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Caring for Ornamental Grasses in Seattle

September 23, 2009
'The Blues' Schizachyrium with Lambs Ear

‘The Blues’ Schizachyrium with Lambs Ear

Autumn is probably my favorite time of year to really enjoy & care for ornamental grasses. And, by grasses I don’t mean lawn. I do mean ornamental grasses and grass-like plants such as sedges and rushes. Plants like blood grass are brilliant red and showy at this time. Seed heads on Miscanthus are shining and flowing in the breeze (and frost). Little tufts on bunny grasses hop along at the edges of borders. And, hairy carex shimmers, promising interest into the winter ahead.

Well, it promises interest if cared for properly. Too often, all ornamental grasses are treated the same by unknowning humans with scissoring tools in hand. This can cause permanent damage. So to help you wade your way through your grasses, here are some general guidelines. Of course, in each genus there may be exceptions to the rule, but these tips should help you avoid the big mistakes.

  • True Grasses:
    Miscanthus Seed Head Adorned with First Snow

    Miscanthus Seed Head Adorned with First Snow

    True grasses have “elbows” or “joints” where the leaves run down the stems to the ground. They may be clumpers or spreaders, and they do well when cut down at the end of the season. What you define as “the end of the season” is your call. If you enjoy looking at seed heads swaying in the autumn sunlight, then you might wait until after a frost or until mid-winter to cut the plants down. If you are concerned about the plants spreading in the garden after forming and spreading their seed all winter, then you might cut them down earlier.  Grasses like blood grass are easy to snip at individually to remove. Clumps of bunny grass are tight and with a sheet underneath are easy to shear and then pluck out brown old growth. Tall grasses like Miscanthus are best bundled tightly with string and then cut a few inches above the ground but below the tie. This way the bundle comes away in one bunch. Take care, these plants may have sharp edges.

  • Sedges: Sedges have edges and no elbows. They are often mop-like and spreading. Generally, their seed heads aren’t showy.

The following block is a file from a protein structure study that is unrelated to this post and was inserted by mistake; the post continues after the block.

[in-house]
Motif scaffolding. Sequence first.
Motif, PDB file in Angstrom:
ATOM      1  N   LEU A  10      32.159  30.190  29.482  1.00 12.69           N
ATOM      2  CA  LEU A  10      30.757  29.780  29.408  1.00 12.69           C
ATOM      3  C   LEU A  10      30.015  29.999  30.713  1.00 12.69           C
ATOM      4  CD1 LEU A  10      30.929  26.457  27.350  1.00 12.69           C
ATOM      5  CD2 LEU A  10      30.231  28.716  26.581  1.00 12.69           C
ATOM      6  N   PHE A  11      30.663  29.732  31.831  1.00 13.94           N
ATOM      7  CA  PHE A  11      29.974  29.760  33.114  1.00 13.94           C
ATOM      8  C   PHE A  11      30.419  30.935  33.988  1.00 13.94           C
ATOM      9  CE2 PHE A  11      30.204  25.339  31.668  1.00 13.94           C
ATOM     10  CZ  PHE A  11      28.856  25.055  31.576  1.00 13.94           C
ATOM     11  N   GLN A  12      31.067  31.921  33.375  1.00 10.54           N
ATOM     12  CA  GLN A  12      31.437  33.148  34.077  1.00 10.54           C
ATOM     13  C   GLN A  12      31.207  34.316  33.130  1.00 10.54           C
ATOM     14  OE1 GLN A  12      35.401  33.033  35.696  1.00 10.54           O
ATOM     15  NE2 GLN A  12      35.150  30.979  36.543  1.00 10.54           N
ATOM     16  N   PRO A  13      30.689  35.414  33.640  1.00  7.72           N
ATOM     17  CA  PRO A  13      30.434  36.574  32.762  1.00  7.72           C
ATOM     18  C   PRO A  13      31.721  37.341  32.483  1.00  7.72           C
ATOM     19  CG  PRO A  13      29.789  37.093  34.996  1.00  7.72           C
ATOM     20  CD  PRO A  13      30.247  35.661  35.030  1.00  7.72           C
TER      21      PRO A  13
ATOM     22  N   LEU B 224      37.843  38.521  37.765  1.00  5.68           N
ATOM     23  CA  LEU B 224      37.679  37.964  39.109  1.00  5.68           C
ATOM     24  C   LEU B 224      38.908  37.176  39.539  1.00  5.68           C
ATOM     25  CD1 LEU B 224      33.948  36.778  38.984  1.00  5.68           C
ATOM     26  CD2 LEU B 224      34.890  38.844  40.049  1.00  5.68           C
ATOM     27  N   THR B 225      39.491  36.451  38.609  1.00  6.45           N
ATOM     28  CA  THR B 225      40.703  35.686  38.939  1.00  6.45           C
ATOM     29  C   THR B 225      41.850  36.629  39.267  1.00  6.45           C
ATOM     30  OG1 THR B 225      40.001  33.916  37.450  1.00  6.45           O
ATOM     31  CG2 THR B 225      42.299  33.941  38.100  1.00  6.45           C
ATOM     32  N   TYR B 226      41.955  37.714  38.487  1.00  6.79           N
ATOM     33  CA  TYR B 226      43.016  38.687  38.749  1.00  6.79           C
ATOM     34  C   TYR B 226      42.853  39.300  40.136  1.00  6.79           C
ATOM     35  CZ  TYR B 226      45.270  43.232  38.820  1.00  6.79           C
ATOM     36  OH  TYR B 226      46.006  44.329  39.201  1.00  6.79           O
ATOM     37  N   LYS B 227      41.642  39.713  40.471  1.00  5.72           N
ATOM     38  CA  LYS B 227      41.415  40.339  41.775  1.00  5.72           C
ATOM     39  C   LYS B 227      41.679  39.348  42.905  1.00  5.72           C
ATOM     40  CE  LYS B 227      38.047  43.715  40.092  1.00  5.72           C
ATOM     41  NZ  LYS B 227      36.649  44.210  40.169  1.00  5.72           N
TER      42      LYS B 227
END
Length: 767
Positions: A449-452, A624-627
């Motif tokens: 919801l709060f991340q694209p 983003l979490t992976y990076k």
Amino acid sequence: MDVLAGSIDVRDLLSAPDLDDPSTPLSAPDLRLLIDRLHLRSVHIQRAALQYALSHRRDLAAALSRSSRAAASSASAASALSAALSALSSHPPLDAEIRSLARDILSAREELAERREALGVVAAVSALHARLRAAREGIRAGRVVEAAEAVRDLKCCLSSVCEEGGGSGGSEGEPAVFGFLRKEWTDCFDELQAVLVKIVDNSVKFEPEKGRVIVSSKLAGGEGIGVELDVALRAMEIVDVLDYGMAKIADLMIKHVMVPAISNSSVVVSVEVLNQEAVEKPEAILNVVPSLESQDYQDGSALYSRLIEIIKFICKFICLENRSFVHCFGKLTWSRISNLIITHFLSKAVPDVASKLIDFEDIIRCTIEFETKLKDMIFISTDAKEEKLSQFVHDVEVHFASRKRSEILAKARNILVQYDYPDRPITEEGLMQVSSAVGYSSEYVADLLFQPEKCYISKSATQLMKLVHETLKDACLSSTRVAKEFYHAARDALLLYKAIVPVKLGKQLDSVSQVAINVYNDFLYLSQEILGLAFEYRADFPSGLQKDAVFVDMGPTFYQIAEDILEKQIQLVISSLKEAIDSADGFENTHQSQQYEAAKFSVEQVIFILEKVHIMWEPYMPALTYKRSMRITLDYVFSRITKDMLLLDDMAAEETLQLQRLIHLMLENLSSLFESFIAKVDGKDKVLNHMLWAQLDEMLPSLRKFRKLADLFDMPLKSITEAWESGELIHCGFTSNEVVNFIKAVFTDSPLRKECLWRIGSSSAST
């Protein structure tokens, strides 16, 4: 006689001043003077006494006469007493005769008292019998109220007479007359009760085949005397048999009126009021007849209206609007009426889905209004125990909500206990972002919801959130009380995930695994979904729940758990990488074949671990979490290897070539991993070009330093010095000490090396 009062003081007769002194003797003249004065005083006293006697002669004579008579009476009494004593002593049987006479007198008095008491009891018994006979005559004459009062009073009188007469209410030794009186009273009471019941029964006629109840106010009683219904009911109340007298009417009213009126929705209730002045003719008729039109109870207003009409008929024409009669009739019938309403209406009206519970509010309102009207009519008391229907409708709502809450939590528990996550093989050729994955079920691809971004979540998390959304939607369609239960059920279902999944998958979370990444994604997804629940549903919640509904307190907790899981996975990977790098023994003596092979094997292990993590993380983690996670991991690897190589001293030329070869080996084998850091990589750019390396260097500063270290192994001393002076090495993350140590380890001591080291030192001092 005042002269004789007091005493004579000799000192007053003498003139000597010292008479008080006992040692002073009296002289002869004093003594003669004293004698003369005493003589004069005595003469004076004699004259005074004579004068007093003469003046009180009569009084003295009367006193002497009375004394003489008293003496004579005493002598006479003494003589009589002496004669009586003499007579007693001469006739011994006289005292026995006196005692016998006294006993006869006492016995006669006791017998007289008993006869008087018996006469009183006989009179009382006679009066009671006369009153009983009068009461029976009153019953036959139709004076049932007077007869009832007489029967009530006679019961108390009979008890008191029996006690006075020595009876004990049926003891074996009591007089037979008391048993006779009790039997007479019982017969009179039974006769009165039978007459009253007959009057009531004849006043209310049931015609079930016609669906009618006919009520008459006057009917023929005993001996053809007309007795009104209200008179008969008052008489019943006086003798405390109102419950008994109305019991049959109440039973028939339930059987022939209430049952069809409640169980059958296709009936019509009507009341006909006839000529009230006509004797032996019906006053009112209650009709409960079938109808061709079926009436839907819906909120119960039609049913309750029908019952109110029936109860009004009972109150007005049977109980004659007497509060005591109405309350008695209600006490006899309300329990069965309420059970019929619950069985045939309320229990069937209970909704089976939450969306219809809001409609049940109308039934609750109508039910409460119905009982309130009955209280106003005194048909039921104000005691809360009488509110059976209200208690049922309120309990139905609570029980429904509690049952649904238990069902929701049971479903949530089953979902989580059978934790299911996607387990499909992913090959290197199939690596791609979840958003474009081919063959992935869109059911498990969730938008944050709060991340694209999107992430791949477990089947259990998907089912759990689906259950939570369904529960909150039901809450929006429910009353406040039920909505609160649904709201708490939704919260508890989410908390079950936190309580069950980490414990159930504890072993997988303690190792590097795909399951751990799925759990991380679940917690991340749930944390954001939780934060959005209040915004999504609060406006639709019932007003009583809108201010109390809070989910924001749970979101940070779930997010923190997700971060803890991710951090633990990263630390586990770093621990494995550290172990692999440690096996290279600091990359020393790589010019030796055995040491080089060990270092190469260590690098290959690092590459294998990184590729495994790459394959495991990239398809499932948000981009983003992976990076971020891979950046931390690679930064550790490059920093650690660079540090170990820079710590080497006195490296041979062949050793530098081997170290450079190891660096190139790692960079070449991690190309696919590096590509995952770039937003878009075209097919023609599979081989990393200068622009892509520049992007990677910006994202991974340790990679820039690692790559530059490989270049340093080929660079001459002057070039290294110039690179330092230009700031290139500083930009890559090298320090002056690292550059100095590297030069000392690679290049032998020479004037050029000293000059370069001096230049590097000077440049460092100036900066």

Carex testacea intermingling with Euphorbia

    Carex testacea intermingling with Euphorbia

    They do not take kindly to being cut hard. Some will die back for winter. Most ornamental Carex, however, is an evergreen plant that should be combed and very lightly trimmed once or twice a year. I tend to comb mine out in mid-summer and again in fall or winter. After I comb out all the dead and stringy growth and remove any dead clumps, I then bundle the plant in my hands and trim off the dead ends, which should be around 2″ or so of the very tips. Its like giving the plant a little bob haircut. If the plant has been neglected for a long time, the center may be dieing out. In these cases, I dig out the plant to divide it and reinvigorate growth.

  • Rushes: Honestly, I don’t do much with rushes. If they have dead growth, I remove those shoots to the ground. That’s about it.
Carex flagellifera with Lambs Ear

Carex flagellifera with Lambs Ear

This is basic primer barely skims the surface of ornamental grass care. There are many, many more grasses to choose from and care for. Some are weedier than others. Some are sharper and harder to care for than others. And, many are just plain wonderful and not to be missed for their fantastic, unique forms, textures and colors they add to to the garden.  If you aren’t sure which kind of grass plant you have or if you have one that isn’t specifically mentioned here, get in touch for a coaching session for hands on plant care training and identification sessions. Or consider picking up a copy of one of my favorite grass books such as Grasses:Versatile Partners for Uncommon Garden Design or The Color Encyclopedia of Ornamental Grasses.

(This topic was originally published in October 2008 and updated in September 2009.)


  1. Naomi Sachs says:

    Great post! I’m going to add this to the post I just did on ornamental grasses for the healing garden.

  2. 1jamie says:

    Lovely grasses. I can see some of these in my new garden.

  3. […] be lovely heading toward winter, so I prefer to let those adorn the garden as long as possible. Grasses, Monksood, Autumn Joy Sedum, Hardy Cyclamen, Anemone and Schizostylis are good examples of late […]

  4. […] be lovely heading toward winter, so I prefer to let those adorn the garden as long as possible. Grasses, Monksood, Autumn Joy Sedum, Hardy Cyclamen, Anemone and Schizostylis are good examples of late […]

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